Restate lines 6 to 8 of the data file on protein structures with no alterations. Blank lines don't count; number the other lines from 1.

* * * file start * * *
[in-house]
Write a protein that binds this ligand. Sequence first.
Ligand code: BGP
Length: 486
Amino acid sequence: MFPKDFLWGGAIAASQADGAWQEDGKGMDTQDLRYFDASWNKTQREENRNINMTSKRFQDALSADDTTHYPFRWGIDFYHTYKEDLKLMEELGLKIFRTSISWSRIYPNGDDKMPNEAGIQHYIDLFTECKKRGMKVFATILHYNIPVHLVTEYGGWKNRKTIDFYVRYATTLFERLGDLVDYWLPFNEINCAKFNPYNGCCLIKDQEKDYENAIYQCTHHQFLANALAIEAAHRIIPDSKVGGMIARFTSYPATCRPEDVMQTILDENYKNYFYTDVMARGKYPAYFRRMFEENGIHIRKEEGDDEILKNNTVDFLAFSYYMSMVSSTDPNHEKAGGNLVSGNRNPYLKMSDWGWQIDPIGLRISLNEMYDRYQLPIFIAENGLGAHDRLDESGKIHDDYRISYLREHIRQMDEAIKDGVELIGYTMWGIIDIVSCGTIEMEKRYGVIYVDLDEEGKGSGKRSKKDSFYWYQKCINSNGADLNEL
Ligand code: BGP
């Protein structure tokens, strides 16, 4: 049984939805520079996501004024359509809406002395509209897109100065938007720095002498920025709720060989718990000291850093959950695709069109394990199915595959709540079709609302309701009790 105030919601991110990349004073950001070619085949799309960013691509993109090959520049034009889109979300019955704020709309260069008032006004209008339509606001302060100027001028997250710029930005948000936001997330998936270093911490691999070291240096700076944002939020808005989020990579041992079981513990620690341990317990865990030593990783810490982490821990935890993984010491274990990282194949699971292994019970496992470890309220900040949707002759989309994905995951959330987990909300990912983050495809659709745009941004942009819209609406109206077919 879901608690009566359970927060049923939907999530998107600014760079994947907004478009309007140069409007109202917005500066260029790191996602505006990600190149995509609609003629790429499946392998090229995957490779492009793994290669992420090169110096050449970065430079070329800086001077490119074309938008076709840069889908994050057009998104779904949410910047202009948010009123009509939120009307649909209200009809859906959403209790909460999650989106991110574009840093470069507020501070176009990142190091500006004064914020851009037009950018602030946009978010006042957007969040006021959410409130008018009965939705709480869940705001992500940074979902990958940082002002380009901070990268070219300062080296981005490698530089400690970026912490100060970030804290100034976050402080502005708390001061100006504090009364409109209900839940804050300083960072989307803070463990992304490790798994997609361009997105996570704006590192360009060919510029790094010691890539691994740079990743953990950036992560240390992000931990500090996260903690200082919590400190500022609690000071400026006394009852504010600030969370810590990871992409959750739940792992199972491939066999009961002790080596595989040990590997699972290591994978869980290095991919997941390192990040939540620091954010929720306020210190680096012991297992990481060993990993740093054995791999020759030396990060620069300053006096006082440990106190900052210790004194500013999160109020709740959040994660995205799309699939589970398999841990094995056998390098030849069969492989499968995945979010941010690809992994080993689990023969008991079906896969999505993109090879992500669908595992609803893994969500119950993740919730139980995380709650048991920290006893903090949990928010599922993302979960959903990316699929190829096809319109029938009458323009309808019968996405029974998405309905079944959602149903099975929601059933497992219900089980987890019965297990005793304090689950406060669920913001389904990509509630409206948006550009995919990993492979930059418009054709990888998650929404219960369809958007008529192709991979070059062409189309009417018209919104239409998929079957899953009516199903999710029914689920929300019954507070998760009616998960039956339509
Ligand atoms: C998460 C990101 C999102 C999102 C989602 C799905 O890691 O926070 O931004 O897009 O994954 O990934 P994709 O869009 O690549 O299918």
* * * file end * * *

Ligand code: BGP
């Protein structure tokens, strides 16, 4: 049984939805520079996501004024359509809406002395509209897109100065938007720095002498920025709720060989718990000291850093959950695709069109394990199915595959709540079709609302309701009790 105030919601991110990349004073950001070619085949799309960013691509993109090959520049034009889109979300019955704020709309260069008032006004209008339509606001302060100027001028997250710029930005948000936001997330998936270093911490691999070291240096700076944002939020808005989020990579041992079981513990620690341990317990865990030593990783810490982490821990935890993984010491274990990282194949699971292994019970496992470890309220900040949707002759989309994905995951959330987990909300990912983050495809659709745009941004942009819209609406109206077919 879901608690009566359970927060049923939907999530998107600014760079994947907004478009309007140069409007109202917005500066260029790191996602505006990600190149995509609609003629790429499946392998090229995957490779492009793994290669992420090169110096050449970065430079070329800086001077490119074309938008076709840069889908994050057009998104779904949410910047202009948010009123009509939120009307649909209200009809859906959403209790909460999650989106991110574009840093470069507020501070176009990142190091500006004064914020851009037009950018602030946009978010006042957007969040006021959410409130008018009965939705709480869940705001992500940074979902990958940082002002380009901070990268070219300062080296981005490698530089400690970026912490100060970030804290100034976050402080502005708390001061100006504090009364409109209900839940804050300083960072989307803070463990992304490790798994997609361009997105996570704006590192360009060919510029790094010691890539691994740079990743953990950036992560240390992000931990500090996260903690200082919590400190500022609690000071400026006394009852504010600030969370810590990871992409959750739940792992199972491939066999009961002790080596595989040990590997699972290591994978869980290095991919997941390192990040939540620091954010929720306020210190680096012991297992990481060993990993740093054995791999020759030396990060620069300053006096006082440990106190900052210790004194500013999160109020709740959040994660995205799309699939589970398999841990094995056998390098030849069969492989499968995945979010941010690809992994080993689990023969008991079906896969999505993109090879992500669908595992609803893994969500119950993740919730139980995380709650048991920290006893903090949990928010599922993302979960959903990316699929190829096809319109029938009458323009309808019968996405029974998405309905079944959602149903099975929601059933497992219900089980987890019965297990005793304090689950406060669920913001389904990509509630409206948006550009995919990993492979930059418009054709990888998650929404219960369809958007008529192709991979070059062409189309009417018209919104239409998929079957899953009516199903999710029914689920929300019954507070998760009616998960039956339509
Ligand atoms: C998460 C990101 C999102 C999102 C989602 C799905 O890691 O926070 O931004 O897009 O994954 O990934 P994709 O869009 O690549 O299918």